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The back of this book promises "the classic tale of a peddler, some monkeys and their monkey business."

And I love the classic tale, and so do my kids, for its sweet innocent text, its rhythmic repetitions and the unique character and palette of its illustrations. All of which are preserved here except... as I discovered when I sat down to read this to a group of kids at circle time... the delightful text. Oh, and some of the pictures.

I would definitely not call it the SAME BOOK since the text is different, and I think it's mighty sneaky of the publisher (HarperFestival) to hint that you're getting "the classic tale" when what you're getting is some editorial department's cut-n-slash decisions about what makes the book tick.

What I like about this book is the repetition of the order of the hats, which kids enjoy as well, but one full repeat is missing, and another has been pared down slightly. Some of the text has been skipped - the entire second page - and elsewhere, it's paraphrased for brevity.

Perhaps if you've never read the original, you'll enjoy this book. For me, used to the rhythms and humour of the original, this board book version is woefully lacking.

Luckily, our version is from the library, so all I have to do is give it back - no returns processing necessary. I hope others will learn from my mistake before it ends up costing them the $9/$12 (in Canada), plus shipping, that they'd have to pay to get this book home. And the disappointment of knowing it's not the "classic tale" at all.
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VINE VOICEon September 8, 2001
This adorable story is simple enough to read to infants under the age of one. By the time they are two, children can easily memorize it and begin to distinguish words on the page.
It is particularly delightful for young children, who can identify both with the peddler's nap and his anger at the monkeys in a tree, who have stolen his caps.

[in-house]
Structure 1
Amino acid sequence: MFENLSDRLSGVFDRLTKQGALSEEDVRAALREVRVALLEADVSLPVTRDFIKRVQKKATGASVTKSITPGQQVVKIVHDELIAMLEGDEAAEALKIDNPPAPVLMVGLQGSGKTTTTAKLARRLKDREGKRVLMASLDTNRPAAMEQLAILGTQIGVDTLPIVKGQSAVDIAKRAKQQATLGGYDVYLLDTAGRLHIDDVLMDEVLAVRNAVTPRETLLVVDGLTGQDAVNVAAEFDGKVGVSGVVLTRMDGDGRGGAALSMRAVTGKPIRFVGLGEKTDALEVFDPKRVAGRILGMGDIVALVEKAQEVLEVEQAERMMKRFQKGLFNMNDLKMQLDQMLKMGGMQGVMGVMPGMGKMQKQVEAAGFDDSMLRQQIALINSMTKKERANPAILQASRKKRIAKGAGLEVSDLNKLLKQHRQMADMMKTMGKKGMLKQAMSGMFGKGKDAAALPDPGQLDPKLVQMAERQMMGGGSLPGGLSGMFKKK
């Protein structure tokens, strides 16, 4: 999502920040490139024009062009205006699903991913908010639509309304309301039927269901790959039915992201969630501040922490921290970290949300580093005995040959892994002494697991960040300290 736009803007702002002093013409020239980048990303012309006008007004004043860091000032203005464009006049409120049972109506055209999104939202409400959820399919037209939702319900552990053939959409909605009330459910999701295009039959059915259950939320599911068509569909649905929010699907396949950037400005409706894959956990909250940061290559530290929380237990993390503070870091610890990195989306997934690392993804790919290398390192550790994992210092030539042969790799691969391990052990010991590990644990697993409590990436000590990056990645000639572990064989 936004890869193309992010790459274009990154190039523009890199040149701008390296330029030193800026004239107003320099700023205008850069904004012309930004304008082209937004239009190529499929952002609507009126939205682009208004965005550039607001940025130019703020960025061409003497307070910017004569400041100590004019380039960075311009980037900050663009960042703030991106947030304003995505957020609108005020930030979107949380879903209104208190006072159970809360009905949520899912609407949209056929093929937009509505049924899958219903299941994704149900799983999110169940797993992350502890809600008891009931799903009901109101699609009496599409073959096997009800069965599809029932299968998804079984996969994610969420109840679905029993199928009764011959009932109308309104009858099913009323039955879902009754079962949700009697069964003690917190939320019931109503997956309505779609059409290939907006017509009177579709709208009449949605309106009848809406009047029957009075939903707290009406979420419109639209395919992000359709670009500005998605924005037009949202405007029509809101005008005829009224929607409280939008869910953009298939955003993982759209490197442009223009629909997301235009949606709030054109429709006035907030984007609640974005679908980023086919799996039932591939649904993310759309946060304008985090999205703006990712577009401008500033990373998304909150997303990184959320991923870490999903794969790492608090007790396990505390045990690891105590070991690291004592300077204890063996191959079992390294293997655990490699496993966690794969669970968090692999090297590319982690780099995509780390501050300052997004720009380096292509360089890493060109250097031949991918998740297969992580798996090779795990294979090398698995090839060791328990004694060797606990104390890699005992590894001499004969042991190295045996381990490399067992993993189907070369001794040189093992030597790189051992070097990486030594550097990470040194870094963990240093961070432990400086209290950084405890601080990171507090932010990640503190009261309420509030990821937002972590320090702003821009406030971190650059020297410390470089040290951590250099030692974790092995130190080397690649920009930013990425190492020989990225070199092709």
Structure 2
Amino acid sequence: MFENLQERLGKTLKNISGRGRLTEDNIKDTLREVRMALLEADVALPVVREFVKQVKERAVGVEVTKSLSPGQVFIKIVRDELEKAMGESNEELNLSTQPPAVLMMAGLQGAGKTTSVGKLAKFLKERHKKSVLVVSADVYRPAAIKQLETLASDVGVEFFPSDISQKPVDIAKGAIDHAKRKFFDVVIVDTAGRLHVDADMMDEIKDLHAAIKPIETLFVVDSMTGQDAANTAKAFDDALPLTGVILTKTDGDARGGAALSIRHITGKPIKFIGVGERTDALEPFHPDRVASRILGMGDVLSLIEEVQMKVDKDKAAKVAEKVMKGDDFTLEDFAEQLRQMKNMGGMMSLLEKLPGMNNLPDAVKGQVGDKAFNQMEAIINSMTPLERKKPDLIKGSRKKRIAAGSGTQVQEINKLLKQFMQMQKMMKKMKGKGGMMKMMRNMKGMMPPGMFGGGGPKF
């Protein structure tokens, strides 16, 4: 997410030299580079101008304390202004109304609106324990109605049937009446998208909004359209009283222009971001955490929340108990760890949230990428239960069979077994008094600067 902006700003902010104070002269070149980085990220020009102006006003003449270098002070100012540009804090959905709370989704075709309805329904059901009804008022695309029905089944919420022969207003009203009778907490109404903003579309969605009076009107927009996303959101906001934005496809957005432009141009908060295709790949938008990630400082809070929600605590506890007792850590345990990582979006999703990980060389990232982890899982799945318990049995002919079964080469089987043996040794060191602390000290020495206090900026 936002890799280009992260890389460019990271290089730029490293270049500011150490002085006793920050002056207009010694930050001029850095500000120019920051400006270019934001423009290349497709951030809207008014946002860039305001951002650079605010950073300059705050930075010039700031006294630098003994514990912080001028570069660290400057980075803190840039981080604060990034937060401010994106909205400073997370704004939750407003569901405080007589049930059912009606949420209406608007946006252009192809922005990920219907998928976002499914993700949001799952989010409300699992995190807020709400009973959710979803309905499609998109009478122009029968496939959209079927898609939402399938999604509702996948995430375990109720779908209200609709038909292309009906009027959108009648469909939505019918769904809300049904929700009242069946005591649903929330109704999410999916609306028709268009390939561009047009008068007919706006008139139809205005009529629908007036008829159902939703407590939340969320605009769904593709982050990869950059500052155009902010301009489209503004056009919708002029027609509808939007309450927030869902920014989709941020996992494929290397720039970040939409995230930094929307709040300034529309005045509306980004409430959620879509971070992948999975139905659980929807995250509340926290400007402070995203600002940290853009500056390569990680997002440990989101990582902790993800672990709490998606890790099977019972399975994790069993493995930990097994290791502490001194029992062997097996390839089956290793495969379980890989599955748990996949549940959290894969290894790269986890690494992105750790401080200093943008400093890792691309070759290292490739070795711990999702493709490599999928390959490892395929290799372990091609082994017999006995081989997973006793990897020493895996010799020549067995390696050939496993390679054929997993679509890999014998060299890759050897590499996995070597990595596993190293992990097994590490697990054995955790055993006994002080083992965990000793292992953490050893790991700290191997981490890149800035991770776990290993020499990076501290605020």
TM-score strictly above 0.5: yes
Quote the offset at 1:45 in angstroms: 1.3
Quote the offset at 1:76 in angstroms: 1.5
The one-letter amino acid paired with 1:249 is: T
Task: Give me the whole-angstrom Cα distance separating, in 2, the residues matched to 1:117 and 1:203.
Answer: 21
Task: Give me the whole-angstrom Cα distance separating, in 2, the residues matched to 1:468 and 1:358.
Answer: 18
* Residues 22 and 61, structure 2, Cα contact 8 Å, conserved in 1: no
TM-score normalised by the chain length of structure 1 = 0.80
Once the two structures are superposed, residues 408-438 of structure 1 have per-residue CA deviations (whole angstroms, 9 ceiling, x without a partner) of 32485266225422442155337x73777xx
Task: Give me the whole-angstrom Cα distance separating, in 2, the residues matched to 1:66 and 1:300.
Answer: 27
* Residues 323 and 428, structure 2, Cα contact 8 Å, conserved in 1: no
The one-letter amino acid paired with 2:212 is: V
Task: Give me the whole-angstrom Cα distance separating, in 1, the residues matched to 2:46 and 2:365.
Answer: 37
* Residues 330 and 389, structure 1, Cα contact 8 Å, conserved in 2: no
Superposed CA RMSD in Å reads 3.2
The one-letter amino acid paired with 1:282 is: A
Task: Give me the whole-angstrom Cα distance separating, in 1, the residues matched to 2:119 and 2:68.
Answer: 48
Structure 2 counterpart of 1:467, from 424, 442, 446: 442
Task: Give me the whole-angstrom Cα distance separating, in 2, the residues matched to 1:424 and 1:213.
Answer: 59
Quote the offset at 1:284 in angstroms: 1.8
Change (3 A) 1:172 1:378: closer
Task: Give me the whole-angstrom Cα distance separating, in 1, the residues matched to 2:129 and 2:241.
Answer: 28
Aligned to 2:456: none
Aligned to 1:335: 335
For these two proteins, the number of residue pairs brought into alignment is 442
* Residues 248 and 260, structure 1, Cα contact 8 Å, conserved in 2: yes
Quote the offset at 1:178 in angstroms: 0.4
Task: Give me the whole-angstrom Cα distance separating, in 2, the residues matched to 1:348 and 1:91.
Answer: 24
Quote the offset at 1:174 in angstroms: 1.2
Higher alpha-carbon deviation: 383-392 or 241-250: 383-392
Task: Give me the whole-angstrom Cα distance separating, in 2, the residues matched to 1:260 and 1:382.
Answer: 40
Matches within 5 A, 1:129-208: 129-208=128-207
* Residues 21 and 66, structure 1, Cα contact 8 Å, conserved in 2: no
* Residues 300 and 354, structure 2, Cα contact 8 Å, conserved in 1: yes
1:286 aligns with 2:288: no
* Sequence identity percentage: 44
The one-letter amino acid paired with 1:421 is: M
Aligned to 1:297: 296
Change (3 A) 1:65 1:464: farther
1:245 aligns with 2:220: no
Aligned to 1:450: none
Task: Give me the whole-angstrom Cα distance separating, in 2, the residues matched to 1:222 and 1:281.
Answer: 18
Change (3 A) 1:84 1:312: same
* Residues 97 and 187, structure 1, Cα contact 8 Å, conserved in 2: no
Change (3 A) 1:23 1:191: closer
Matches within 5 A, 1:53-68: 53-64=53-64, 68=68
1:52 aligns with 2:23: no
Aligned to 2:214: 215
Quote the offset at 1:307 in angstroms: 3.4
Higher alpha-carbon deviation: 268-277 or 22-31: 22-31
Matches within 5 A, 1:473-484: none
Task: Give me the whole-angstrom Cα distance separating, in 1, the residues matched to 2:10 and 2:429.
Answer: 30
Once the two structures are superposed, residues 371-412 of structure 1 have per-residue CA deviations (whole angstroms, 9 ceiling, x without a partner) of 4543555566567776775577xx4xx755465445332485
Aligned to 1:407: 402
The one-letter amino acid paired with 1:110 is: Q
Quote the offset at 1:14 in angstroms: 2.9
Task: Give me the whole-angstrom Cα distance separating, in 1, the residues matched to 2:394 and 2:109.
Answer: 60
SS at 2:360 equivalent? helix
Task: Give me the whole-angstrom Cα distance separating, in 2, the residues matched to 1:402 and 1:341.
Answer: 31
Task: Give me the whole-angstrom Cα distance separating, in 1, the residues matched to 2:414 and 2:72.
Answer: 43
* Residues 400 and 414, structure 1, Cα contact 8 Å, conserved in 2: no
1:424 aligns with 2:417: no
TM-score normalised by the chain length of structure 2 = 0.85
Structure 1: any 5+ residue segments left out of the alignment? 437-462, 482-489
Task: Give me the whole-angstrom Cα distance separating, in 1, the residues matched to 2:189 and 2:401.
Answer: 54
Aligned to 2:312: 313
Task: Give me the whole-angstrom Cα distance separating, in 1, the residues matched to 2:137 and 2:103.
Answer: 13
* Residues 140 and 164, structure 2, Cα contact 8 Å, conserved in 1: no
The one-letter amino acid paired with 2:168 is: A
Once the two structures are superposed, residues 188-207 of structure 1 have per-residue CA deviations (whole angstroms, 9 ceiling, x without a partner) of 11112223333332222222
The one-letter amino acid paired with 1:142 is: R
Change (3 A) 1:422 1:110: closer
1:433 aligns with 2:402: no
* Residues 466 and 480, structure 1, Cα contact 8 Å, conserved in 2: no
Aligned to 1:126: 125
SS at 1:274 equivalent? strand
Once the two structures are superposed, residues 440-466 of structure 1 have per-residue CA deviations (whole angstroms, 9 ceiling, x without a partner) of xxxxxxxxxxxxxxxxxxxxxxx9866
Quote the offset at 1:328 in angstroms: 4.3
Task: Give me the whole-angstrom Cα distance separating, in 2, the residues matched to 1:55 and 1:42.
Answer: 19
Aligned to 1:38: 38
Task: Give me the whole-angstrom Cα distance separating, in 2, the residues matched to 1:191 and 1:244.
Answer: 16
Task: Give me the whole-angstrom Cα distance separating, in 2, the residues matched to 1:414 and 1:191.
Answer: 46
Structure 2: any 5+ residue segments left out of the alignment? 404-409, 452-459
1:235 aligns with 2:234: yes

Altogether, the story is pure joy. Your copy is sure to wear out before your children reach the age of five, as ours did. Alyssa A. Lappen
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on March 9, 2011
I purchased this board book for my 2-year-old daughter who had fallen in LOVE with my mother's 1966 paperback edition, in an interest to preserve its delicate pages.

You can imagine my disappointment as I read it to her, discovering that important phrases, entire pages, and key details were left out of this edition, especially the rhythmic phrasing, and some of the low points of the book, completely flattening what had been a dynamic and suspenseful story. Even she noticed the difference and asked for the old book back.

I would love to be able to get a new copy of the original story, however this is not it.
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on June 8, 2001
Caps For Sale is a wonderful tale that students love to read. It is an ideal book for shared reading and offers opportunities for students to learn about the structure of a good story. Slobodkina's story of a peddler trying to sell his wares in a small town has a clear beginning, middle, and end. You need this one if you would like children to learn how to make predictions, recognize patterns, sequence events, and notice setting elements. This book is a "must have" classic in any K and 1st grade classroom.
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A folktale fastforwarded to 1940. In this fine lighthearted little yarn, author Esphyr Slobodkina reinvigorates the folk tradition with a marvelous story. In it, a peddler looses his hats to a tree of 16 chattering monkeys and must find a way to get them back. There is no overwhelming complexity in the text of this tale, but sixty-some years after its original publication there is still great charm in its words. Accompanying the staid story is a series of brightly colored illustrations. The peddler seen here is not your classic workaday schmoe in dirty clothes and a five-o-clock shadow. He is prim and pristine. With a moustache like Hercule Poirot's, a smart black suit, and a pair of cheerful red spats he is a picture of competence and sterility. Which makes his eventual foot-stomping, fist-shaking temper tantrum at the mischievous monkeys all the more amusing. I was particularly taken with the monkeys response to the peddler's demands. All they say is, "Tsz, tsz, tsz". Who knew we shared this phrase with our simian kin? Slobodkina has created a precise little tale. Though she never says it, sixteen caps sit atop the peddler's head (his preferred method of peddling his wares, doncha know) and sixteen monkey pinch them. The combination of bright colors, funny monkeys, and the dapper little peddler man make this a real treasure of 1940s children's literature.